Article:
Alabama Got Injectable Products, But None Contaminated

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Alabama Got Injectable Products, But None Contaminated


Alabama health officials say 10 health care facilities in Alabama received sterile injectable products from a pharmacy involved in a fungal meningitis outbreak nationwide.

New England Compounding Center has voluntarily recalled all of its products pending results from the investigation. Although no Alabama health care facilities received the initially recalled contaminated product, 10 health care facilities did receive other NECC sterile injectable products. The Alabama Department of Public Health has contacted all facilities and they have been instructed to stop using them. All clinics, hospitals and health care providers that have the recalled product should stop using it immediately, retain and secure it, and contact NECC.

Dr. Mary McIntyre, acting state epidemiologist for ADPH, stated, “As the 23 states contact all patients (up to 14,000) who received one of the three contaminated lots of methylprednisolone acetate (a steroid), Alabama residents who received treatment in other states may be involved and contacted by their health care provider or public health. As the ongoing investigation expands to more products, this increases the possibility that Alabama residents received NECC products.”

The ADPH reports that at this time there is no evidence to indicate that products other than the three initial NECC lots are contaminated. There is also no evidence at this time that any of the NECC products received by Alabama’s facilities are contaminated.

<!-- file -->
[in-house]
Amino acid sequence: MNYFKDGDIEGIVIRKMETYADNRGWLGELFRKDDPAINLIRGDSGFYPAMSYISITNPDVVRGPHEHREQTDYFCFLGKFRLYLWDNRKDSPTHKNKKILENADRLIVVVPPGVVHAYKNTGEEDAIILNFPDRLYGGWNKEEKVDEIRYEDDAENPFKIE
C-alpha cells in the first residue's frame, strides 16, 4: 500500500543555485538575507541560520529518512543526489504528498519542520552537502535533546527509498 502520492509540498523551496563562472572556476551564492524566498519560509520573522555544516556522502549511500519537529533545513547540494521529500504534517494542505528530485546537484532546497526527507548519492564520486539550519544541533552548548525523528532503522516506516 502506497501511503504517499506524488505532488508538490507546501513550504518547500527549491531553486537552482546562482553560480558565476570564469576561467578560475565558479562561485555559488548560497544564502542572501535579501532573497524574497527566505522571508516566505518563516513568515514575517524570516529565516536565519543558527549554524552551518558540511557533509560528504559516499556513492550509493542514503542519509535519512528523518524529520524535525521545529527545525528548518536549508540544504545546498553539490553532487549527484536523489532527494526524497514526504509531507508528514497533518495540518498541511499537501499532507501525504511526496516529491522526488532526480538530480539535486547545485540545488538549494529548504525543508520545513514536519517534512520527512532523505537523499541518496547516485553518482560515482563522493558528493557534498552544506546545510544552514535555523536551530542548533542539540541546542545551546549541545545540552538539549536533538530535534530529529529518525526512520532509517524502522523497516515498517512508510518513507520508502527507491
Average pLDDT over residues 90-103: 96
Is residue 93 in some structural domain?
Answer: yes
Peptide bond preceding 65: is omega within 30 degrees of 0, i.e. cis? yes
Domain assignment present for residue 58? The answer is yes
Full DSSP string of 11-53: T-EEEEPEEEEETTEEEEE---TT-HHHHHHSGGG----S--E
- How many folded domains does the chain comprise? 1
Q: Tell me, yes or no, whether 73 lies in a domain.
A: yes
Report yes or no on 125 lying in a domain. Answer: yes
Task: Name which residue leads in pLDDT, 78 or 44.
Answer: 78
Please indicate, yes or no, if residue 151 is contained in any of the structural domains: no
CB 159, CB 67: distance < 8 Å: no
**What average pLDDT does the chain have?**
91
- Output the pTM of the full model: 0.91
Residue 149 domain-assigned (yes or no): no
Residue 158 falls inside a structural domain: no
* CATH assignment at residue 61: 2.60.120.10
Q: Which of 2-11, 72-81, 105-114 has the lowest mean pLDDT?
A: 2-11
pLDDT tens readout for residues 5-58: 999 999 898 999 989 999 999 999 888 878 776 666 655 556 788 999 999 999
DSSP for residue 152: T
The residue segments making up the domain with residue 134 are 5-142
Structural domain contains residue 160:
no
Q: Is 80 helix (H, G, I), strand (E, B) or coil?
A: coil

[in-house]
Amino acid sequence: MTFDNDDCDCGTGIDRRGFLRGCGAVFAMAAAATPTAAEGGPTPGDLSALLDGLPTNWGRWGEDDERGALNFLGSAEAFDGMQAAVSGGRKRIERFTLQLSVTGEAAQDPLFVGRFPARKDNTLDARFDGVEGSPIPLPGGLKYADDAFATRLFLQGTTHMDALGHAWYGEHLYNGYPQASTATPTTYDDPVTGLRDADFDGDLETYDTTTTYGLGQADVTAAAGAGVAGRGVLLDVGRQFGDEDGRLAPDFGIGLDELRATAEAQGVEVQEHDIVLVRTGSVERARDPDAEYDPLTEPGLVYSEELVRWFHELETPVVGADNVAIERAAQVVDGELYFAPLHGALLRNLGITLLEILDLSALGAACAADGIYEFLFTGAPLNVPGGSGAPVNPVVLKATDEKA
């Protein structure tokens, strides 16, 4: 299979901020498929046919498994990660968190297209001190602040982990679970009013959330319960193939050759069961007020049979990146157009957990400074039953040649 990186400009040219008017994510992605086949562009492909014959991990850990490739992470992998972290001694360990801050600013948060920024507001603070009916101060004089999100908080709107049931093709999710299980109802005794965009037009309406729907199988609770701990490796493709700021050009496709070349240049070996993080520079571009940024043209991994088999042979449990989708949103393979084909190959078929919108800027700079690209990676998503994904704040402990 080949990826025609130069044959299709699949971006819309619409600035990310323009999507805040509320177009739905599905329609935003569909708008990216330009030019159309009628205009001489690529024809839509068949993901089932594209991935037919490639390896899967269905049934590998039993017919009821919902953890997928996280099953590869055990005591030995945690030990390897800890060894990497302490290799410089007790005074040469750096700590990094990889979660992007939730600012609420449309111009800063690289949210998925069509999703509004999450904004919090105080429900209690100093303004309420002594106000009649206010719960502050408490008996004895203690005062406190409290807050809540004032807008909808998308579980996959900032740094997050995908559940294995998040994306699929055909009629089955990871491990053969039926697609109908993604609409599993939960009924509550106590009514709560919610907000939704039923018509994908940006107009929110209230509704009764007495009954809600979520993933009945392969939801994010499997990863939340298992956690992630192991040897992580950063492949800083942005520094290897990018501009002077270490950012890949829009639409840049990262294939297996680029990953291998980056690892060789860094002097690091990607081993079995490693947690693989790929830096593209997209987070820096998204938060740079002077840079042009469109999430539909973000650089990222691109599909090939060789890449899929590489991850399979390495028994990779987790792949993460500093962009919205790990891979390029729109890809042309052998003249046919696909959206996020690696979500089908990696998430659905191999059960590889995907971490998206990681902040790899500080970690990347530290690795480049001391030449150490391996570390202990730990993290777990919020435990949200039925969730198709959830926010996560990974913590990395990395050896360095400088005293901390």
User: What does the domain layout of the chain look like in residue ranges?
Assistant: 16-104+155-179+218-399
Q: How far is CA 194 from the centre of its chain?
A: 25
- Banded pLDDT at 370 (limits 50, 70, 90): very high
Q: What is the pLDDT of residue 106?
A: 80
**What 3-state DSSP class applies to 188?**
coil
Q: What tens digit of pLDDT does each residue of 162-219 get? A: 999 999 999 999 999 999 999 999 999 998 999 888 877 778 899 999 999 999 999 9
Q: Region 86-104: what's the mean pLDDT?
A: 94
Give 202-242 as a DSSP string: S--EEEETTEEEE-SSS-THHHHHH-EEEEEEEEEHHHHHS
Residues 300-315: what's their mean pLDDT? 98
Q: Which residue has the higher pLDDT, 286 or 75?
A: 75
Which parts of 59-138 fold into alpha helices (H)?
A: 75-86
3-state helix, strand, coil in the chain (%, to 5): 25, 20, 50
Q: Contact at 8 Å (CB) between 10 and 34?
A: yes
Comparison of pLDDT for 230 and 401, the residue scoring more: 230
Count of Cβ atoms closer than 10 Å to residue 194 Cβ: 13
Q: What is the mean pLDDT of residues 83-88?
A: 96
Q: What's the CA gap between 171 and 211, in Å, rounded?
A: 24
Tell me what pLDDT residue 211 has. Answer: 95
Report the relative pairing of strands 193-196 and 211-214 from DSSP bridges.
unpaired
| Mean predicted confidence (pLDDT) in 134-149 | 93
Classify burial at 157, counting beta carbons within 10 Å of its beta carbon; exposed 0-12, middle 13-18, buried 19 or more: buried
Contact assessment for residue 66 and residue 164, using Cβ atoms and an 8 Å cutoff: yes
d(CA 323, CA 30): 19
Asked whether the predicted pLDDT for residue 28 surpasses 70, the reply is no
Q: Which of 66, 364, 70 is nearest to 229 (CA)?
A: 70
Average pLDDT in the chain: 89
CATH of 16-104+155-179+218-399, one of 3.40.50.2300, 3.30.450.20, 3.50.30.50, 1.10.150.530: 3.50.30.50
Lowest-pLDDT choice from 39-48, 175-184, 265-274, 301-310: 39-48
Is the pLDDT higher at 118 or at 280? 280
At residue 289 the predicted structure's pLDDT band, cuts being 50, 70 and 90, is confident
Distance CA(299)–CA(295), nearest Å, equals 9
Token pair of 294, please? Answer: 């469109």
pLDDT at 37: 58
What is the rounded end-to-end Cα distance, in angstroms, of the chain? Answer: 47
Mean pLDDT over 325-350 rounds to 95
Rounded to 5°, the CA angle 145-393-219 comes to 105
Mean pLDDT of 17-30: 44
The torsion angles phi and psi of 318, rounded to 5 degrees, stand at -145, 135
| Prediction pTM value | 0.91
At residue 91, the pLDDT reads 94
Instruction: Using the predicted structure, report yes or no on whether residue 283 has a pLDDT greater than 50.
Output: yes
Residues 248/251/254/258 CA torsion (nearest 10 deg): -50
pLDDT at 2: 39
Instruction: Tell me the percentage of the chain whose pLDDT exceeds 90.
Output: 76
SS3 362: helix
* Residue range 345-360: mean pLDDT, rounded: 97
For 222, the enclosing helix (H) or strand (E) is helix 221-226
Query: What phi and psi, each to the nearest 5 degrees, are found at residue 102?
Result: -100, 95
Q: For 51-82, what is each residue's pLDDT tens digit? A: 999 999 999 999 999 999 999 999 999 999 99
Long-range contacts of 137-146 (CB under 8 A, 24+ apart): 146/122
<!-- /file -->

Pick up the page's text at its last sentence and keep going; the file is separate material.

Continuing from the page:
A Health Alert Network message will be sent to all physicians to let them know about the products recalled and what to do with patients who present with symptoms. This type of meningitis is not contagious, and it cannot be spread from person to person. The symptoms include fever, headache (new symptoms or worsening), onset of stiff neck or sensitivity to light, or symptoms suggestive of a stroke such as slurred speech, difficulty walking, or increased dizziness or falls.

The ADPH recommends that Alabama residents who have had an epidural steroid injection since May 21, 2012, and have any of the following symptoms, should talk to their doctor as soon as possible:

  • New or worsening headache
  • Fever
  • Sensitivity to light
  • Stiff neck
  • New weakness or numbness in any part of your body
  • Slurred speech
  • Increased pain, redness or swelling at your injection site

Additional information, including a list of states involved, is available at the CDC’s website.